CHENGDU: A dog has been man's best friend since the dawn of civilization. Soon it could become the savior of giant pandas, too.
This undated photo shows Xiang Xiang, the first giant panda released into the wild in April 2006. It was found dead in Februry this year. [China Daily]
Zoologists and other experts thought rearing pandas in captivity was the toughest job. But they were to realize later that releasing a captive-bred panda into the wild was a tougher job. The reason: these pandas were vulnerable when left to fend for themselves in the wild.
This became all the more real when the first artificially bred panda released into the wild was found dead, apparently killed by other animals.
So how do you teach them to defend themselves? A lesson on the survival of the fittest - and that's where man's best friend comes in.
The China Conservation and Research Center for the Giant Panda in the Wolong Nature Reserve in Sichuan Province has plans to introduce a specially trained police dog to live with four pandas, says Zhang Hemin, chief of the reserve's administrative bureau.
Hopefully, the pandas will observe the dog and learn how to defend themselves and increase their chances of survival in the wild.
The endangered animals will get a lesson or two in competition for food, too, when some other herbivores are introduced in their habitat.
The center has already submitted a report on phase II of reintroducing pandas into the wild to the State Forestry Administration, Zhang says, and it's likely to be approved in January or February.
Wolong released the first captive-bred panda, 4-year-old Xiang Xiang (Auspicious), in the wild on April 28, 2006, after training him for nearly three years. But he was found dead on February 19, 2007.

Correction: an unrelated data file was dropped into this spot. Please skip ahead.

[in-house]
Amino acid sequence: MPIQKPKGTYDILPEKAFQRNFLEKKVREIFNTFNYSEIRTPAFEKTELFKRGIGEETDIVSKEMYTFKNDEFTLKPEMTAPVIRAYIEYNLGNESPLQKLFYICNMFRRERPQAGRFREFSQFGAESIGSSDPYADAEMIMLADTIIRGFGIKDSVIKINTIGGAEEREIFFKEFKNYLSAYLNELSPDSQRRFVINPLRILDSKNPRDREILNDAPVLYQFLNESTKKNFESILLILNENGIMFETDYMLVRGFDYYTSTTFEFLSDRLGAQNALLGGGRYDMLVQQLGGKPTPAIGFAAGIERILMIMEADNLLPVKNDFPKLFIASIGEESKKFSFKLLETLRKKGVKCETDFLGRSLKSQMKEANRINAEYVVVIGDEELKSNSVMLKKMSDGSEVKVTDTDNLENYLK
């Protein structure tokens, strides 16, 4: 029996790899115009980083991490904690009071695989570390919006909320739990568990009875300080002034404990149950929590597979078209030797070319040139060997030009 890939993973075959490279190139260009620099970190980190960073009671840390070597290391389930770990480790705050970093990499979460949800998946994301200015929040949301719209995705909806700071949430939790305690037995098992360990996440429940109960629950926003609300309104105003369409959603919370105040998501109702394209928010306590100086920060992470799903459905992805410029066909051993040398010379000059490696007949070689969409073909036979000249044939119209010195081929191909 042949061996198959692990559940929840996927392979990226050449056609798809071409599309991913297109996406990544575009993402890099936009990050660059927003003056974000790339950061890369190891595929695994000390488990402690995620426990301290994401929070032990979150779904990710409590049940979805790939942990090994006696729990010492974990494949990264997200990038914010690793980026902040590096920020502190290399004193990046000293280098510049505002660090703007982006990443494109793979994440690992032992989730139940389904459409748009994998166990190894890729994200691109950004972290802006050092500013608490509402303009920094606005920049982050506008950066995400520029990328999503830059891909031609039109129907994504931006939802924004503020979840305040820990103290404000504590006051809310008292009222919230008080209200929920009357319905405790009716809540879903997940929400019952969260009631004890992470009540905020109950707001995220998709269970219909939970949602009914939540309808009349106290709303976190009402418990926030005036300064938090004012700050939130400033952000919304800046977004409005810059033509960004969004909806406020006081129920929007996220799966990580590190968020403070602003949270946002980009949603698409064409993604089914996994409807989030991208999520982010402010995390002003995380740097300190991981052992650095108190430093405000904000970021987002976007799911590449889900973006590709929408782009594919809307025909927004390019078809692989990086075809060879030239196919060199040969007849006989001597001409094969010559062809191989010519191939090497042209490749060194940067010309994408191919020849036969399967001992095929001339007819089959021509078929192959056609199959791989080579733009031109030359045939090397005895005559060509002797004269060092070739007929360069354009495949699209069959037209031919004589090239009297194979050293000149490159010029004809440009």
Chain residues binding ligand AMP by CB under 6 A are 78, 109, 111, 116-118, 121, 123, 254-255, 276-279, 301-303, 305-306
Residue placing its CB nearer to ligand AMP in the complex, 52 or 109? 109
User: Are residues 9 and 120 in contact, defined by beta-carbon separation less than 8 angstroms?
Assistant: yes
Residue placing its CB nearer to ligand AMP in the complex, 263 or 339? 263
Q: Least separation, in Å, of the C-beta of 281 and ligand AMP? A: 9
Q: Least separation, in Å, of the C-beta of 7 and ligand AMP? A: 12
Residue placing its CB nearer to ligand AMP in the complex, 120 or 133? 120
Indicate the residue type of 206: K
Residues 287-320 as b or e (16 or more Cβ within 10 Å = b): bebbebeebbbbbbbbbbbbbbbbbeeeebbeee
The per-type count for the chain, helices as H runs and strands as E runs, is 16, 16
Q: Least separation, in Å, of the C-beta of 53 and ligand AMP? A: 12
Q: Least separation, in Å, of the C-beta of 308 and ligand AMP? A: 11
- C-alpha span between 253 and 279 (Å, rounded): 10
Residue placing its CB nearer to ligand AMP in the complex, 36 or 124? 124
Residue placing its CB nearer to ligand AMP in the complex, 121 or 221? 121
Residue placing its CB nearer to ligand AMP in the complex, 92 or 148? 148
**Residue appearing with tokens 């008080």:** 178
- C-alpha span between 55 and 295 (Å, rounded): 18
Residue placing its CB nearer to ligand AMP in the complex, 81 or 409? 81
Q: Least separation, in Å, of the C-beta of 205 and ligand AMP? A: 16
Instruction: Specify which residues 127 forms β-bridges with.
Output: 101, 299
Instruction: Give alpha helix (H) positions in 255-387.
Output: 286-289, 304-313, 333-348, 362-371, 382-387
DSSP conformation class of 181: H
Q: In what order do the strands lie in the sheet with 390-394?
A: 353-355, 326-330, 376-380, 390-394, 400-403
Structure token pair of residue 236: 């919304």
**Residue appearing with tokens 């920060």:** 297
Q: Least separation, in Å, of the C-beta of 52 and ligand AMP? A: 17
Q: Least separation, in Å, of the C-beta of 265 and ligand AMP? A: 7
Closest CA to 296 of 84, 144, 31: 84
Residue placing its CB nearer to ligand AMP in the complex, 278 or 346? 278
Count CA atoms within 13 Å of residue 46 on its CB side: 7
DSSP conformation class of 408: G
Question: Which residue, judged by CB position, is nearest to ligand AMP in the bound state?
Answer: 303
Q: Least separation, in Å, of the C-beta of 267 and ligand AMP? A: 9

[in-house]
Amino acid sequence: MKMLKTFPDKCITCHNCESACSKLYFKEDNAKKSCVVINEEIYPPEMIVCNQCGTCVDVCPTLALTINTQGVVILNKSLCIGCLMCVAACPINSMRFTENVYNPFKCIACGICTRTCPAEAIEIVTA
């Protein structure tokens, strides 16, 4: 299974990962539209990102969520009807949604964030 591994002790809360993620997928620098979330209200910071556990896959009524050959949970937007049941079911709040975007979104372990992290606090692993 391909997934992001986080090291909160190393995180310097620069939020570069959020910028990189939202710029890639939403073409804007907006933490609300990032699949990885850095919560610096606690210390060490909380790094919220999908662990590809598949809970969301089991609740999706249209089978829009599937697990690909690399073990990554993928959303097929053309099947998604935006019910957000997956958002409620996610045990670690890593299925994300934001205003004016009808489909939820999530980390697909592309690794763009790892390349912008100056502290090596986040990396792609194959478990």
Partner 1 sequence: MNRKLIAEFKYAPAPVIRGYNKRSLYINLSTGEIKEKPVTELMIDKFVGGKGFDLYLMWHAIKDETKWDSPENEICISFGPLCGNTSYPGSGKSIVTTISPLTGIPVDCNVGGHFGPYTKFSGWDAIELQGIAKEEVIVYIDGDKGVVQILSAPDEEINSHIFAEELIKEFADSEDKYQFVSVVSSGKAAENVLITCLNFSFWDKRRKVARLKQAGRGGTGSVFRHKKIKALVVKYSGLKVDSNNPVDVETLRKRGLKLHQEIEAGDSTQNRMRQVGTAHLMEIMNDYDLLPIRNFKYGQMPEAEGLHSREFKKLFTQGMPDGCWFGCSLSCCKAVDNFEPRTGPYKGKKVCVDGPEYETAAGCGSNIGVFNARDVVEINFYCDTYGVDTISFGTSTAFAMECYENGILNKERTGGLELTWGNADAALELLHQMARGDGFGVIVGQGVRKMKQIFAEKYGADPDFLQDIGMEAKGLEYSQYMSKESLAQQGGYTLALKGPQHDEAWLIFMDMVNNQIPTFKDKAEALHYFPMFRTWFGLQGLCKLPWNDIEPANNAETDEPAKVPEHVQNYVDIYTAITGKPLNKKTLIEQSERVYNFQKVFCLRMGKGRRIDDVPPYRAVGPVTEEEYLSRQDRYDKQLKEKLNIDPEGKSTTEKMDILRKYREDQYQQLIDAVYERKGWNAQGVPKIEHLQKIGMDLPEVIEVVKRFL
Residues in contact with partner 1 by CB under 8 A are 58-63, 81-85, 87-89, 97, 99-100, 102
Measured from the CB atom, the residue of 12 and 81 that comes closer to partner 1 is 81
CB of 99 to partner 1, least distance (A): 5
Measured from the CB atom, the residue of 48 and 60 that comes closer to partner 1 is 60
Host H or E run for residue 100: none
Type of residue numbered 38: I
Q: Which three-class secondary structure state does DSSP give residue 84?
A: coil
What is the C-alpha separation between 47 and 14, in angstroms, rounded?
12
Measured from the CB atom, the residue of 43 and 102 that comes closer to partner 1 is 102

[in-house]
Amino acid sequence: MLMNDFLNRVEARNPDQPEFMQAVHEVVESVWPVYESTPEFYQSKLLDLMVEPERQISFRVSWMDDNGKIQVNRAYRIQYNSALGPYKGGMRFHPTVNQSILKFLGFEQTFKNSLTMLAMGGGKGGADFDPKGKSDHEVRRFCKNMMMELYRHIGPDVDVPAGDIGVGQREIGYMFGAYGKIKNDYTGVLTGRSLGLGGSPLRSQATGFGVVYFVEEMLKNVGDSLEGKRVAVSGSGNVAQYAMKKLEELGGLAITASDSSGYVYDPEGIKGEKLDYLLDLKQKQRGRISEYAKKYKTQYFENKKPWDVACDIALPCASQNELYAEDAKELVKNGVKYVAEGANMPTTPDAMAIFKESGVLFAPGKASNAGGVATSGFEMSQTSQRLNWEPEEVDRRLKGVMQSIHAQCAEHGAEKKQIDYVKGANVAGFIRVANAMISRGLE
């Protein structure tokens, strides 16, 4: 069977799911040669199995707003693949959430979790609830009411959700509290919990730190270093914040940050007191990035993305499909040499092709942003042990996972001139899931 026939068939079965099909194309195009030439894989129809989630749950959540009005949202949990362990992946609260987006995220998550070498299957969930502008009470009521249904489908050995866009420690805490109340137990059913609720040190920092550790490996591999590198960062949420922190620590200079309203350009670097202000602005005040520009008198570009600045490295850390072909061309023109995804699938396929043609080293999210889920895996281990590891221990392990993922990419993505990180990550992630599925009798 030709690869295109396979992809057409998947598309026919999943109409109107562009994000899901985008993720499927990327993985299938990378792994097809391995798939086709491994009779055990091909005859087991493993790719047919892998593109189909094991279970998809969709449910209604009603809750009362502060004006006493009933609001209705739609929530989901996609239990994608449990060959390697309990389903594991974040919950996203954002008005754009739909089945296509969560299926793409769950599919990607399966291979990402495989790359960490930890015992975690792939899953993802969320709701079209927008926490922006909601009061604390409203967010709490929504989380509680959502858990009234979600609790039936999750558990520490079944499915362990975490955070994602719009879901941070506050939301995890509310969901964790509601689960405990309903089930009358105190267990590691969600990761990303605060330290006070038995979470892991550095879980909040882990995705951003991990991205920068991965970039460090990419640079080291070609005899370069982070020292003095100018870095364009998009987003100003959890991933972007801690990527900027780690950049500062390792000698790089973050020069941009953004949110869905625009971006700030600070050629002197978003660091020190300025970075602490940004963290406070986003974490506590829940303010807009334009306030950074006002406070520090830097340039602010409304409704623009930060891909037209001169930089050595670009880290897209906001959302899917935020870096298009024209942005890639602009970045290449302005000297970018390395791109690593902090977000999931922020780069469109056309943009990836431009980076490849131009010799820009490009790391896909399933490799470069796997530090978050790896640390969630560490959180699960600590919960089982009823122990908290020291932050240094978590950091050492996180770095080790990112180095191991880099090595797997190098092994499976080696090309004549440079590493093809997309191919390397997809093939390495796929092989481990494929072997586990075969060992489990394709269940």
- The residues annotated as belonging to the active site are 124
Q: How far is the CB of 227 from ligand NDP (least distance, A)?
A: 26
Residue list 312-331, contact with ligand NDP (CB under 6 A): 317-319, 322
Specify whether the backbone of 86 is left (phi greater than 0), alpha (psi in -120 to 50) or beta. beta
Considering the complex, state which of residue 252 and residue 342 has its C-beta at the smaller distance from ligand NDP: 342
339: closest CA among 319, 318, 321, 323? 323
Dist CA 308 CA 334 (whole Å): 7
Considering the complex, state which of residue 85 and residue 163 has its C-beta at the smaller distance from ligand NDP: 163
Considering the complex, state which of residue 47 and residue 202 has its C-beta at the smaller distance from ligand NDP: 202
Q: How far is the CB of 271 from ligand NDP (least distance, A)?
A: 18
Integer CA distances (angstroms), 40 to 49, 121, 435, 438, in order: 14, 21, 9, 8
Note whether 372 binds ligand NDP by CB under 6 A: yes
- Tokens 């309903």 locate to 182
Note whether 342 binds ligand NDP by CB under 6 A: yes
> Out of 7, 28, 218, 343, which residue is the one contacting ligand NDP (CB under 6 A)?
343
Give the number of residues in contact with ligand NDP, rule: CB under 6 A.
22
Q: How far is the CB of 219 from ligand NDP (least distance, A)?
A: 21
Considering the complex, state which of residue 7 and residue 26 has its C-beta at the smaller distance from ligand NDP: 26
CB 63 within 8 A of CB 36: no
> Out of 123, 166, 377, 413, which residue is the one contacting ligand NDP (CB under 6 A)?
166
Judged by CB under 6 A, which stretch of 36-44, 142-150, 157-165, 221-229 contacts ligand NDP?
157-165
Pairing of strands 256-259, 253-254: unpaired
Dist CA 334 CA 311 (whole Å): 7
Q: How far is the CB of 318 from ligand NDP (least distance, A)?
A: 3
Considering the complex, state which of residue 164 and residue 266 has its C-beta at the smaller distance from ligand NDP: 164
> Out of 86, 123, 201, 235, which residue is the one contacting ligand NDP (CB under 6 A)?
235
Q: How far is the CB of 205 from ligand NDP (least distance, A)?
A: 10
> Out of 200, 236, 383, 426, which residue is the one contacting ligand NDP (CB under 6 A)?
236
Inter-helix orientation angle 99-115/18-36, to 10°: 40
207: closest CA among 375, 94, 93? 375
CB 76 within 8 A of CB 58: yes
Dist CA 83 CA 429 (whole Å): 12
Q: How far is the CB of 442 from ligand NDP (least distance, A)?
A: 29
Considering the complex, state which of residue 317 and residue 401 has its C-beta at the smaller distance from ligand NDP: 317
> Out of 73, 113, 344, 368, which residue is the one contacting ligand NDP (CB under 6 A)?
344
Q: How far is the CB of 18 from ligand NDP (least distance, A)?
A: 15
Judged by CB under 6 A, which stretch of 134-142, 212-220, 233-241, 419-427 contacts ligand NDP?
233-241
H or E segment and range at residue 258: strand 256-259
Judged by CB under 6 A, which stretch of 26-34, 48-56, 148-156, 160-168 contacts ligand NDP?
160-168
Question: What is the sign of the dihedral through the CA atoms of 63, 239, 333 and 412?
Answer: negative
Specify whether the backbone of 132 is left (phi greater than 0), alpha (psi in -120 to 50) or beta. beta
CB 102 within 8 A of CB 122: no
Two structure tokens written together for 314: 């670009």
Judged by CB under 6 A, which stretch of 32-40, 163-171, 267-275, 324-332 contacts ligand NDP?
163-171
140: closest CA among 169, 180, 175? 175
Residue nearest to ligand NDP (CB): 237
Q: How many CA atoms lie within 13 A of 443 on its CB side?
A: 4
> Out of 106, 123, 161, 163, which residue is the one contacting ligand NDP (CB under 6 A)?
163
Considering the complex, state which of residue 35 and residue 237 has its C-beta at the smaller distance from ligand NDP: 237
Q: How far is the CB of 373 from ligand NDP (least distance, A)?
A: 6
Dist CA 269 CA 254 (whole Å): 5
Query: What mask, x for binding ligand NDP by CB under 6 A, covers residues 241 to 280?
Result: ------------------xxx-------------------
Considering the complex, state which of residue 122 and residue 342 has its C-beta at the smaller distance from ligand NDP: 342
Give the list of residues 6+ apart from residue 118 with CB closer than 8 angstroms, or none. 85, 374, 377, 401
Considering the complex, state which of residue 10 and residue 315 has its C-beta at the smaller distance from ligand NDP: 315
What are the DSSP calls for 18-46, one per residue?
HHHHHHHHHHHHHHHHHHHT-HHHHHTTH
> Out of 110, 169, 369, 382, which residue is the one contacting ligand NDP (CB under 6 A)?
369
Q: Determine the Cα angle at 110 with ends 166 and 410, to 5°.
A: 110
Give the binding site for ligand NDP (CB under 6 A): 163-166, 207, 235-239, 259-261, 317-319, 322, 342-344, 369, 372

A post mortem showed Xiang Xiang had broken his ribs and suffered internal damage, says the center's deputy chief, Li Desheng.
Experts say it could have fallen from a high place after getting into a fight over food or territory with another panda.
Having been bred at the center, Xiang Xiang didn't know how to fight.
And Xiang Xiang was weaker than his wild counterparts, says center's senior vet Tang Chunxiang.
"That's why we have to give captive-bred pandas better survival training, especially in combat and defensive skills Although sad, Xiang Xiang's case is an experience, and will help us plan the phase II of the reintroduction better."
But won't learning from a trained dog how to defend themselves alter the natural instincts of the pandas? No one can say for sure, say experts. But it's more likely that they will develop their own instincts by observing the dog.
One of the outcomes of the Xiang Xiang experience is the decision to send female pandas to the wild in phase II. "Xiang Xiang's tragedy indicates it's difficult for a male panda to be accepted by rivals in the wild," says Zhang.
Actually, there are three possibilities in phase II, Zhang says. Either a female from among the four pandas living with the dog will be sent, or a pair of male and a female could be released, or all the four pandas could be reintroduced so that they could form a group of their own in the wild.
"Three serious problems dogged panda breeding: finding the right partners, pregnancy and survival of the cubs," Zhang says. Wolong solved them in the 1990s, and the survival rate today is more than 90 per cent. The center now has 128 captive-bred pandas, or about 60 per cent of the total in captivity across the world.
"But returning these pandas to nature is the ultimate goal of the breeding programs," he says. And it seems a dog can help it succeed.
Agencies contributed to the story